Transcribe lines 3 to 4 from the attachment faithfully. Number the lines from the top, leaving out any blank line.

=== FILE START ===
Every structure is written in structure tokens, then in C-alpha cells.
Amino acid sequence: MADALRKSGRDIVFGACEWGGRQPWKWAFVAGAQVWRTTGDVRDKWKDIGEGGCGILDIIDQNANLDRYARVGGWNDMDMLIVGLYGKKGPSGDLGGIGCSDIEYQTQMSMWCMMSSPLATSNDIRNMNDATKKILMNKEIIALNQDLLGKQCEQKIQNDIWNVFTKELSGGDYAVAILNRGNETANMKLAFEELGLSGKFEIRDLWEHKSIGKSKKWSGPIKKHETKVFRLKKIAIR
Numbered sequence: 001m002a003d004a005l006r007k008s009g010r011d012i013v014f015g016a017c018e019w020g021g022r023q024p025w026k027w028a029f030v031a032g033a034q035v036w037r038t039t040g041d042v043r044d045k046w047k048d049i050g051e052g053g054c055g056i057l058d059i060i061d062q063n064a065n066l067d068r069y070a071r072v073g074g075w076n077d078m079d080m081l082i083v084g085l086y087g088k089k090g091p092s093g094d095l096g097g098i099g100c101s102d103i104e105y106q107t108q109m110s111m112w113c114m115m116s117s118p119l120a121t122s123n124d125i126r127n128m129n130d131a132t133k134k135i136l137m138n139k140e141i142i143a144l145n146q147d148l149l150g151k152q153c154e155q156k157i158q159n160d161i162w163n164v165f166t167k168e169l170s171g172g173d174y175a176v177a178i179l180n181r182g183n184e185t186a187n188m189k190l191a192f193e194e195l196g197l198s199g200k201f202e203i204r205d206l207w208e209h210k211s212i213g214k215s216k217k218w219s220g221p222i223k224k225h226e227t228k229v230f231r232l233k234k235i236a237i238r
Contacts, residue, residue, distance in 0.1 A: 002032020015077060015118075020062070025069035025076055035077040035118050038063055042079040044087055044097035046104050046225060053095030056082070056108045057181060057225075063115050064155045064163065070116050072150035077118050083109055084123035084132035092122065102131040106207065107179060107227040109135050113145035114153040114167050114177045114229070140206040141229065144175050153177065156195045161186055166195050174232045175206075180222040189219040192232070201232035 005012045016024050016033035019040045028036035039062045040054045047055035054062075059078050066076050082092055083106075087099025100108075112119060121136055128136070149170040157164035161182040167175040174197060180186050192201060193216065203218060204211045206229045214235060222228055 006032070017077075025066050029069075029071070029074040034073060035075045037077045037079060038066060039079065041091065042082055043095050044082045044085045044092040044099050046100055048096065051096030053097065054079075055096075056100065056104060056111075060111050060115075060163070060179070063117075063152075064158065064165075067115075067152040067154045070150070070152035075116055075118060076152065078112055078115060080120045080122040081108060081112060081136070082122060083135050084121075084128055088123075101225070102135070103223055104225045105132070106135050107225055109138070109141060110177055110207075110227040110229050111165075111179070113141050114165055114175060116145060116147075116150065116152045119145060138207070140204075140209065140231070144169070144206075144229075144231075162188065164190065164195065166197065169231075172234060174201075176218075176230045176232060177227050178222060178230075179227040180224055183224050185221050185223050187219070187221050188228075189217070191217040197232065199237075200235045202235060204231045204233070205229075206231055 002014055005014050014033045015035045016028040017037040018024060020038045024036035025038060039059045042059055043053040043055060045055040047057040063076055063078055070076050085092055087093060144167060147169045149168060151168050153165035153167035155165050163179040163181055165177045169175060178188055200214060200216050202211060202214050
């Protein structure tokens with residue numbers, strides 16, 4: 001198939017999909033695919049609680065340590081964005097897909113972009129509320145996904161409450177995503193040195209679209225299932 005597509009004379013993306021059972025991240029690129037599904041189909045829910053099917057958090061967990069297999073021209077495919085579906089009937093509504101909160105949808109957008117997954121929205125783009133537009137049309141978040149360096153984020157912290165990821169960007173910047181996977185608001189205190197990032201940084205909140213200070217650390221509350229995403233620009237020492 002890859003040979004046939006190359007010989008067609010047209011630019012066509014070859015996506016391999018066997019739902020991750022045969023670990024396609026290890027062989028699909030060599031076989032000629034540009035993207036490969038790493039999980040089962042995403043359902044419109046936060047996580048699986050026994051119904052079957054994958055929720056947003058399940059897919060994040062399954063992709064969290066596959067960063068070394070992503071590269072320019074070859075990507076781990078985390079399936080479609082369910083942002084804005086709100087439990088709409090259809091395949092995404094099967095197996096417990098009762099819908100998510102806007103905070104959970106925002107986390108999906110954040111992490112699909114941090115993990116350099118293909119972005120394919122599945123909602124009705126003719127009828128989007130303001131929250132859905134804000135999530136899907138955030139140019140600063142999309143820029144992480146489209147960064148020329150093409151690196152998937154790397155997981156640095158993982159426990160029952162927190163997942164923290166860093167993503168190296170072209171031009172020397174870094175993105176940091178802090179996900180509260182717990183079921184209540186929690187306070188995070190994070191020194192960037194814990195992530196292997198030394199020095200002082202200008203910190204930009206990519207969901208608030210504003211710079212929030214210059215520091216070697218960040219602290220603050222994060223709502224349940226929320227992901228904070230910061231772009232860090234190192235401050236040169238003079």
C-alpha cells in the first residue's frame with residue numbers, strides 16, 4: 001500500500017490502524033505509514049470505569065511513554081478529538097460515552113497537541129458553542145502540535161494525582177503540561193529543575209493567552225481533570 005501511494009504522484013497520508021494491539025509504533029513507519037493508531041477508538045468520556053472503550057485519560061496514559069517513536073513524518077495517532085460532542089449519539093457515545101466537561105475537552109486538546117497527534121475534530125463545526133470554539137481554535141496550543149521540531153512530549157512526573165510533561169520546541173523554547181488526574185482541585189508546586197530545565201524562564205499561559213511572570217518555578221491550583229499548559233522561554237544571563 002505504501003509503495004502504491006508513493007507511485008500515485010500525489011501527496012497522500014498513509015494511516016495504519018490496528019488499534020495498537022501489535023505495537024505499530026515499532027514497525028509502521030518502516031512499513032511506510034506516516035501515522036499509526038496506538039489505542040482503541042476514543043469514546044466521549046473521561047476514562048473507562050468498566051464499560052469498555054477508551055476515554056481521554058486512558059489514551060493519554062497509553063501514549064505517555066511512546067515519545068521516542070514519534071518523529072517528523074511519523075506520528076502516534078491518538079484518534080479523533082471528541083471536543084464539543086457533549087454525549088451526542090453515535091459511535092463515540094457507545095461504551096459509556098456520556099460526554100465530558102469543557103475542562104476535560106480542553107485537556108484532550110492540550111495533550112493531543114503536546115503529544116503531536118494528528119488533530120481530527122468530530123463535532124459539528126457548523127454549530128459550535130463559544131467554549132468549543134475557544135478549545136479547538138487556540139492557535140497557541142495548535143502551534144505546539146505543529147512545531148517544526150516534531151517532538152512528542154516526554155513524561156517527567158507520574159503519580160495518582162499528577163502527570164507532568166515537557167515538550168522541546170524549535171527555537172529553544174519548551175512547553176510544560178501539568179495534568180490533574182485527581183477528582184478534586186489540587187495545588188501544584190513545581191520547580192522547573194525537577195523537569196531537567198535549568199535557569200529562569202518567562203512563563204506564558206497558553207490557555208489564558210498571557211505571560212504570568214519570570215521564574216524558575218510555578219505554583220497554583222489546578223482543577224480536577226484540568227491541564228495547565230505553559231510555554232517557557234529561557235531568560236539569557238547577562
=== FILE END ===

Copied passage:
Numbered sequence: 001m002a003d004a005l006r007k008s009g010r011d012i013v014f015g016a017c018e019w020g021g022r023q024p025w026k027w028a029f030v031a032g033a034q035v036w037r038t039t040g041d042v043r044d045k046w047k048d049i050g051e052g053g054c055g056i057l058d059i060i061d062q063n064a065n066l067d068r069y070a071r072v073g074g075w076n077d078m079d080m081l082i083v084g085l086y087g088k089k090g091p092s093g094d095l096g097g098i099g100c101s102d103i104e105y106q107t108q109m110s111m112w113c114m115m116s117s118p119l120a121t122s123n124d125i126r127n128m129n130d131a132t133k134k135i136l137m138n139k140e141i142i143a144l145n146q147d148l149l150g151k152q153c154e155q156k157i158q159n160d161i162w163n164v165f166t167k168e169l170s171g172g173d174y175a176v177a178i179l180n181r182g183n184e185t186a187n188m189k190l191a192f193e194e195l196g197l198s199g200k201f202e203i204r205d206l207w208e209h210k211s212i213g214k215s216k217k218w219s220g221p222i223k224k225h226e227t228k229v230f231r232l233k234k235i236a237i238r
Contacts, residue, residue, distance in 0.1 A: 002032020015077060015118075020062070025069035025076055035077040035118050038063055042079040044087055044097035046104050046225060053095030056082070056108045057181060057225075063115050064155045064163065070116050072150035077118050083109055084123035084132035092122065102131040106207065107179060107227040109135050113145035114153040114167050114177045114229070140206040141229065144175050153177065156195045161186055166195050174232045175206075180222040189219040192232070201232035 005012045016024050016033035019040045028036035039062045040054045047055035054062075059078050066076050082092055083106075087099025100108075112119060121136055128136070149170040157164035161182040167175040174197060180186050192201060193216065203218060204211045206229045214235060222228055 006032070017077075025066050029069075029071070029074040034073060035075045037077045037079060038066060039079065041091065042082055043095050044082045044085045044092040044099050046100055048096065051096030053097065054079075055096075056100065056104060056111075060111050060115075060163070060179070063117075063152075064158065064165075067115075067152040067154045070150070070152035075116055075118060076152065078112055078115060080120045080122040081108060081112060081136070082122060083135050084121075084128055088123075101225070102135070103223055104225045105132070106135050107225055109138070109141060110177055110207075110227040110229050111165075111179070113141050114165055114175060116145060116147075116150065116152045119145060138207070140204075140209065140231070144169070144206075144229075144231075162188065164190065164195065166197065169231075172234060174201075176218075176230045176232060177227050178222060178230075179227040180224055183224050185221050185223050187219070187221050188228075189217070191217040197232065199237075200235045202235060204231045204233070205229075206231055 002014055005014050014033045015035045016028040017037040018024060020038045024036035025038060039059045042059055043053040043055060045055040047057040063076055063078055070076050085092055087093060144167060147169045149168060151168050153165035153167035155165050163179040163181055165177045169175060178188055200214060200216050202211060202214050